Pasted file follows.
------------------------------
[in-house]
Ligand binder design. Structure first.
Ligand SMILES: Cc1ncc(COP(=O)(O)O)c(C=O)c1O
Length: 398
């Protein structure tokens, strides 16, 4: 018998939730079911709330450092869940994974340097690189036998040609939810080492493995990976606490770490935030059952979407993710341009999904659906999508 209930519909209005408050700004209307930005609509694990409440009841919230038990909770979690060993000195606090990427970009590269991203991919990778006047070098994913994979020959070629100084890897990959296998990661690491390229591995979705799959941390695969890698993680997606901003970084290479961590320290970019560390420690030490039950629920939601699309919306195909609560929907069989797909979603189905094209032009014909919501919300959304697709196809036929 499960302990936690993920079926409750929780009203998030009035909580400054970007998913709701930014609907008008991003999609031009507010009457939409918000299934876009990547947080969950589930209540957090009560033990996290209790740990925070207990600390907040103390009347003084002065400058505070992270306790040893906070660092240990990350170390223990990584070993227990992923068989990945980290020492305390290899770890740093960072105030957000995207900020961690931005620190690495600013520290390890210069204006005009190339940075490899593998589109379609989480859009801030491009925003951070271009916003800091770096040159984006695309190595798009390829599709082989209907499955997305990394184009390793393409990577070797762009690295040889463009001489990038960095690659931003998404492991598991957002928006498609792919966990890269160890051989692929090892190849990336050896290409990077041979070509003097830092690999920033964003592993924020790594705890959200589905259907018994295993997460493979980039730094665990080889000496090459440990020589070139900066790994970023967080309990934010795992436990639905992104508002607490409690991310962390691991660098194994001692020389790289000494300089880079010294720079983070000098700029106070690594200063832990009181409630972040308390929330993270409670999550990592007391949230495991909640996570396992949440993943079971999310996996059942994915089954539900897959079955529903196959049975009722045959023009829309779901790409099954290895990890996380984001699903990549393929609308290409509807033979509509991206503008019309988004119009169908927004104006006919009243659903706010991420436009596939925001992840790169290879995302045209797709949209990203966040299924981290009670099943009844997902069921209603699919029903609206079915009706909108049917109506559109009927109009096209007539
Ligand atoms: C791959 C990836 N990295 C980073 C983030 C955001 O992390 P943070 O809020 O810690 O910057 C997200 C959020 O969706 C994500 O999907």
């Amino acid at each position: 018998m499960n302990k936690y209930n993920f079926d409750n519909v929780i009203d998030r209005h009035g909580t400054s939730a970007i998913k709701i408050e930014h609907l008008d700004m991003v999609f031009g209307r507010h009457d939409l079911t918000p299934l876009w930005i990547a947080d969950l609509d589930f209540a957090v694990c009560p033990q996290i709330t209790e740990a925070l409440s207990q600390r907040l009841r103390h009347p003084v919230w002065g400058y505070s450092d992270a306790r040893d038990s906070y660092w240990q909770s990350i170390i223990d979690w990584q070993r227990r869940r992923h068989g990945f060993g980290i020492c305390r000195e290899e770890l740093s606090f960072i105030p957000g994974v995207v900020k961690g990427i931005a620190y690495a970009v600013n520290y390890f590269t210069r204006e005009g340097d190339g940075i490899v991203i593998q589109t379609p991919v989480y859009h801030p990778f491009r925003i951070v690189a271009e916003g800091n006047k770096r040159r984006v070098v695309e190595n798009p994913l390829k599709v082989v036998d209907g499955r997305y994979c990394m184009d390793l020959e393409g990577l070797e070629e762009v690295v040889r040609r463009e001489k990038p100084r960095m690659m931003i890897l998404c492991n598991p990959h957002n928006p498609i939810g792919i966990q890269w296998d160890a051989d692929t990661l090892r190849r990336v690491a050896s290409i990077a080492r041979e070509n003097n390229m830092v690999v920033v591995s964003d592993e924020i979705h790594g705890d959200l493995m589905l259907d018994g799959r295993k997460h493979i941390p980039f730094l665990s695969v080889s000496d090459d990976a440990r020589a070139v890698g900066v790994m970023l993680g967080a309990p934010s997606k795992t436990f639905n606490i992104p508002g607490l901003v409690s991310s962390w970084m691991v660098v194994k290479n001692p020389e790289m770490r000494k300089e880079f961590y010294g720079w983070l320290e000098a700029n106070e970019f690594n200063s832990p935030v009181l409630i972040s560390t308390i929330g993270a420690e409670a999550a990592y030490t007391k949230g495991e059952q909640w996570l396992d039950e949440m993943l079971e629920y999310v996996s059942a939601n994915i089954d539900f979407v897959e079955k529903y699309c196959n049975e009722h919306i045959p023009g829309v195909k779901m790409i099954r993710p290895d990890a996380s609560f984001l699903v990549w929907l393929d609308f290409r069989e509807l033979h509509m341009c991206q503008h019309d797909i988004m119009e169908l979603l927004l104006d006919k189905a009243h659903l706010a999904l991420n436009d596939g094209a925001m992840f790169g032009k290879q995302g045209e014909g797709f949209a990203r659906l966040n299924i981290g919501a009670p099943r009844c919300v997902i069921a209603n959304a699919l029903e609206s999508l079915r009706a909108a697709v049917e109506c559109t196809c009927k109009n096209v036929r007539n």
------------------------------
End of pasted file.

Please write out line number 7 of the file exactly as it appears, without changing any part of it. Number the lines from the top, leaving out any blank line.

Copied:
């Amino acid at each position: 018998m499960n302990k936690y209930n993920f079926d409750n519909v929780i009203d998030r209005h009035g909580t400054s939730a970007i998913k709701i408050e930014h609907l008008d700004m991003v999609f031009g209307r507010h009457d939409l079911t918000p299934l876009w930005i990547a947080d969950l609509d589930f209540a957090v694990c009560p033990q996290i709330t209790e740990a925070l409440s207990q600390r907040l009841r103390h009347p003084v919230w002065g400058y505070s450092d992270a306790r040893d038990s906070y660092w240990q909770s990350i170390i223990d979690w990584q070993r227990r869940r992923h068989g990945f060993g980290i020492c305390r000195e290899e770890l740093s606090f960072i105030p957000g994974v995207v900020k961690g990427i931005a620190y690495a970009v600013n520290y390890f590269t210069r204006e005009g340097d190339g940075i490899v991203i593998q589109t379609p991919v989480y859009h801030p990778f491009r925003i951070v690189a271009e916003g800091n006047k770096r040159r984006v070098v695309e190595n798009p994913l390829k599709v082989v036998d209907g499955r997305y994979c990394m184009d390793l020959e393409g990577l070797e070629e762009v690295v040889r040609r463009e001489k990038p100084r960095m690659m931003i890897l998404c492991n598991p990959h957002n928006p498609i939810g792919i966990q890269w296998d160890a051989d692929t990661l090892r190849r990336v690491a050896s290409i990077a080492r041979e070509n003097n390229m830092v690999v920033v591995s964003d592993e924020i979705h790594g705890d959200l493995m589905l259907d018994g799959r295993k997460h493979i941390p980039f730094l665990s695969v080889s000496d090459d990976a440990r020589a070139v890698g900066v790994m970023l993680g967080a309990p934010s997606k795992t436990f639905n606490i992104p508002g607490l901003v409690s991310s962390w970084m691991v660098v194994k290479n001692p020389e790289m770490r000494k300089e880079f961590y010294g720079w983070l320290e000098a700029n106070e970019f690594n200063s832990p935030v009181l409630i972040s560390t308390i929330g993270a420690e409670a999550a990592y030490t007391k949230g495991e059952q909640w996570l396992d039950e949440m993943l079971e629920y999310v996996s059942a939601n994915i089954d539900f979407v897959e079955k529903y699309c196959n049975e009722h919306i045959p023009g829309v195909k779901m790409i099954r993710p290895d990890a996380s609560f984001l699903v990549w929907l393929d609308f290409r069989e509807l033979h509509m341009c991206q503008h019309d797909i988004m119009e169908l979603l927004l104006d006919k189905a009243h659903l706010a999904l991420n436009d596939g094209a925001m992840f790169g032009k290879q995302g045209e014909g797709f949209a990203r659906l966040n299924i981290g919501a009670p099943r009844c919300v997902i069921a209603n959304a699919l029903e609206s999508l079915r009706a909108a697709v049917e109506c559109t196809c009927k109009n096209v036929r007539n």